One of the most challenging aspects of managing a restaurant is getting the right amount of stock for your kitchen. Too little is never enough and too much leads to wastage and consequently, losses.
Calculating exactly how much stock you need and the costs to make a particular dish is tedious and tricky. Most recipes require over a dozen ingredients and they have an ever-fluctuating price in the market. So how do you deal with this?
The best way to manage these wavering, inconsistent food costs at your restaurant is to implement portion control, that is, to set each dish’s portion size to streamline your stock purchases.
Here’s how you can master portion control within your restaurant:
1. Buy with Contract Pricing
Contract pricing includes yearly price freezing contracts that you can do with suppliers for raw materials.
- It helps in maintaining food costs, even if the price of the items fluctuates in the market, keeping you away from any nasty price surprises from suppliers.
- It also helps you plan menus and dishes better as you will know accurately, how much of a particular ingredient will set you back.
Every dish on the menu in your establishment must have a consistent, & fixed portion size to keep ingredient cost in check, ensure consistency in plating dishes during every shift & maintain a set standard for your diners.
If an entrée consists of masala dosa, sambar and coconut chutney, to streamline your portion sizes, you should organize your entrée like this; one dosa stuffed with 1 cup of bhaji, one cup of sambar and two tablespoons of coconut chutney. No matter who is cooking or plating up, the portion sizes do not change, making it easier for you to keep track of the food cost of each order taken.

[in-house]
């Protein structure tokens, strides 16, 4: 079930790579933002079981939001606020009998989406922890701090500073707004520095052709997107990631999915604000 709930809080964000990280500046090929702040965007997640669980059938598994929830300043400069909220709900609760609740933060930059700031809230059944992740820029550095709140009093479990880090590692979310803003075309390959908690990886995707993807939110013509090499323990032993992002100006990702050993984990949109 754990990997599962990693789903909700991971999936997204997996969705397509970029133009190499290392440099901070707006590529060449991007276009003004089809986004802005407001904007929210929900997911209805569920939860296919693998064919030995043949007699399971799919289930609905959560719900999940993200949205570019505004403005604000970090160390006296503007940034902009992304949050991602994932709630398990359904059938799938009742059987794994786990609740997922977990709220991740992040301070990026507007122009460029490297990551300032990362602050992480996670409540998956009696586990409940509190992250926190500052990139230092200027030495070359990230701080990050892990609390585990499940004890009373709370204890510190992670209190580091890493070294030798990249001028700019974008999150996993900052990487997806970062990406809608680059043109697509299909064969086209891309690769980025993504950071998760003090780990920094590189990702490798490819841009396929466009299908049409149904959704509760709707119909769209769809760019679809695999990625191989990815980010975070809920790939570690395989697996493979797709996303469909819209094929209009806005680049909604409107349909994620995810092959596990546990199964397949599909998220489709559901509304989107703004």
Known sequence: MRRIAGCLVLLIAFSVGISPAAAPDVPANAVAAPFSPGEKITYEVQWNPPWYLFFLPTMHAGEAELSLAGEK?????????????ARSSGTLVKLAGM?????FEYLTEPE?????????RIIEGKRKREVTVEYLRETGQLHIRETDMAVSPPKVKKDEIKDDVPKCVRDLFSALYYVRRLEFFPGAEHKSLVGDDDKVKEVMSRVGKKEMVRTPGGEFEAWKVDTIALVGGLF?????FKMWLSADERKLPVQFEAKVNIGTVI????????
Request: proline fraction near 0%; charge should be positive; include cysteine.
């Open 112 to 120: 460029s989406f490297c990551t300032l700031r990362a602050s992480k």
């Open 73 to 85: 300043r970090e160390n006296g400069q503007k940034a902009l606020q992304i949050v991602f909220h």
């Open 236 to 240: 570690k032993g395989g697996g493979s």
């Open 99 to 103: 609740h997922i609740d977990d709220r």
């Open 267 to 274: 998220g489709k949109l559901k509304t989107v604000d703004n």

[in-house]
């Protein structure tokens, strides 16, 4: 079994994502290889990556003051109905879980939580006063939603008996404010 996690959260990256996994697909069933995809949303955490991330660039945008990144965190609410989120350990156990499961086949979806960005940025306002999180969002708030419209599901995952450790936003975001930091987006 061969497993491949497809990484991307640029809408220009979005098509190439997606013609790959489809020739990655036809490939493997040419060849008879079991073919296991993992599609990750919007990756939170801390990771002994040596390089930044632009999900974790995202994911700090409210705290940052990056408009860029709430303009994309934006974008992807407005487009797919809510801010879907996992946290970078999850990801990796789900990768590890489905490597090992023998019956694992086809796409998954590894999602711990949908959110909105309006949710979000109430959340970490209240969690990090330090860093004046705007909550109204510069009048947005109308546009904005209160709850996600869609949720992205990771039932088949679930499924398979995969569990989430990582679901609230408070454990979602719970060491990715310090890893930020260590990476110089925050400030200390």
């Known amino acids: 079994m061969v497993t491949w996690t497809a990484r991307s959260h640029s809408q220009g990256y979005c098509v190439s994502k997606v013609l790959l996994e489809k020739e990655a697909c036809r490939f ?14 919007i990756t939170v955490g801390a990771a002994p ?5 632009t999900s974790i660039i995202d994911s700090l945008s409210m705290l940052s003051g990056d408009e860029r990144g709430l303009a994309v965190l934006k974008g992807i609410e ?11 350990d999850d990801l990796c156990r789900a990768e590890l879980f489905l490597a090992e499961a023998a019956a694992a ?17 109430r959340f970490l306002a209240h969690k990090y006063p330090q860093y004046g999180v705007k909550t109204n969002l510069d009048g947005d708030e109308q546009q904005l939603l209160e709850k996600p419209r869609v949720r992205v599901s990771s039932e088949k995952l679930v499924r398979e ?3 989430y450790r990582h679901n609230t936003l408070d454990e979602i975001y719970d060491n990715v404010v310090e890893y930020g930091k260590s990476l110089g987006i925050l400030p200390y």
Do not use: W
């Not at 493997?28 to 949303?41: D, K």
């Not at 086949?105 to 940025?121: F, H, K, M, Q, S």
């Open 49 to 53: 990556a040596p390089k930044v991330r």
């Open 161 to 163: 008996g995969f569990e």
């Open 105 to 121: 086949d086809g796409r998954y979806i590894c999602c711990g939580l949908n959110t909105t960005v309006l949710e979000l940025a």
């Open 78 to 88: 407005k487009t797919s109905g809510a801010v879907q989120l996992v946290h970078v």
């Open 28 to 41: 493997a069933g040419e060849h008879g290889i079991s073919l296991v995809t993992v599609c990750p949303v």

3. Understanding per Portion Costs & Pricing
Once you establish fixed prices from your suppliers and streamline the portion sizes in your restaurant, the next step will become far easier calculating per portion costs.
- Calculating the cost of making one cup of sambar, for eg, can keep you ahead of the curve and help you anticipate the daily costs of different dishes.
- It will also help you carry out food cost analysis which will help you revisit your menu pricing in case any modifications are needed to make it more profitable.
Each restaurant will have different price points, but it is important to figure out a price range that works best for your restaurant, keeping the locality, target market and cuisine in mind.
4. Recipe Management
This way you can
- Keep a tab on the stock used in a particular recipe.
- Calculate the ideal stock consumption in each scenario.
- Get notified every time you are about to run out of stock of any item.
5. Utensil Usage
Ensure that your kitchen is consistent in their use of utensils.
- Make sure all the chefs use the same sort of ladle, to make measuring out your soup easier and more consistent.
- Using utensils which by themselves are a measure for the quantity that you want to serve like measuring cups & tablespoons, is a convenient, fast and easy way to keep consistency in portion sizes of all the orders.
- Ensure your employees get rid of the ‘free throw’ mentality – that is, throwing ingredients into the pan by instinct rather than by quantity. This will help you save some serious expenditures in the long run.
6. Audit your stock
Revisiting your finances, especially where your stock and inventory is concerned is always a good idea. Running a restaurant is all about effective inventory management and regular audits.
Regular audits of your stock will help you-
- Avoid unnecessary price increase.
- Figure out better ways of managing your stock. If you notice any discrepancies, taking action sooner rather than later will help avoid some losses in the future.
- Predict how much stock you need for the future more effectively. This will help you make sure that you do not buy an excess stock that gets wasted as well as avoid buying less stock that runs out too soon.